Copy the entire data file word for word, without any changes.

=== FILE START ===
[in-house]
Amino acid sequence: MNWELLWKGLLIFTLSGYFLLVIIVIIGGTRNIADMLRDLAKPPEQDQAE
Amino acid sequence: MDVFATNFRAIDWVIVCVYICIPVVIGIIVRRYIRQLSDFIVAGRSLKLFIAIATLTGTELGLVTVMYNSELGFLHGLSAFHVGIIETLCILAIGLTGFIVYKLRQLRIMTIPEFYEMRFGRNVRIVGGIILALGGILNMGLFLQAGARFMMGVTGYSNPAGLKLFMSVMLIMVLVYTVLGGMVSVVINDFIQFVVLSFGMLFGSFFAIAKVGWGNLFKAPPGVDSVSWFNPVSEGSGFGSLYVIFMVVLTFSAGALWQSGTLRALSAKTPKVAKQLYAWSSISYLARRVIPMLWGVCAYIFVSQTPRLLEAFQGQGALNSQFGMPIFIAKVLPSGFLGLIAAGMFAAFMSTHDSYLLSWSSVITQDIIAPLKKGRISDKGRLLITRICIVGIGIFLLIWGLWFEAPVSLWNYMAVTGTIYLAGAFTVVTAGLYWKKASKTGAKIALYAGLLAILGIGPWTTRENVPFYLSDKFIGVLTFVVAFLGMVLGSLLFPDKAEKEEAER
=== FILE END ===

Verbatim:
[in-house]
Amino acid sequence: MNWELLWKGLLIFTLSGYFLLVIIVIIGGTRNIADMLRDLAKPPEQDQAE
Amino acid sequence: MDVFATNFRAIDWVIVCVYICIPVVIGIIVRRYIRQLSDFIVAGRSLKLFIAIATLTGTELGLVTVMYNSELGFLHGLSAFHVGIIETLCILAIGLTGFIVYKLRQLRIMTIPEFYEMRFGRNVRIVGGIILALGGILNMGLFLQAGARFMMGVTGYSNPAGLKLFMSVMLIMVLVYTVLGGMVSVVINDFIQFVVLSFGMLFGSFFAIAKVGWGNLFKAPPGVDSVSWFNPVSEGSGFGSLYVIFMVVLTFSAGALWQSGTLRALSAKTPKVAKQLYAWSSISYLARRVIPMLWGVCAYIFVSQTPRLLEAFQGQGALNSQFGMPIFIAKVLPSGFLGLIAAGMFAAFMSTHDSYLLSWSSVITQDIIAPLKKGRISDKGRLLITRICIVGIGIFLLIWGLWFEAPVSLWNYMAVTGTIYLAGAFTVVTAGLYWKKASKTGAKIALYAGLLAILGIGPWTTRENVPFYLSDKFIGVLTFVVAFLGMVLGSLLFPDKAEKEEAER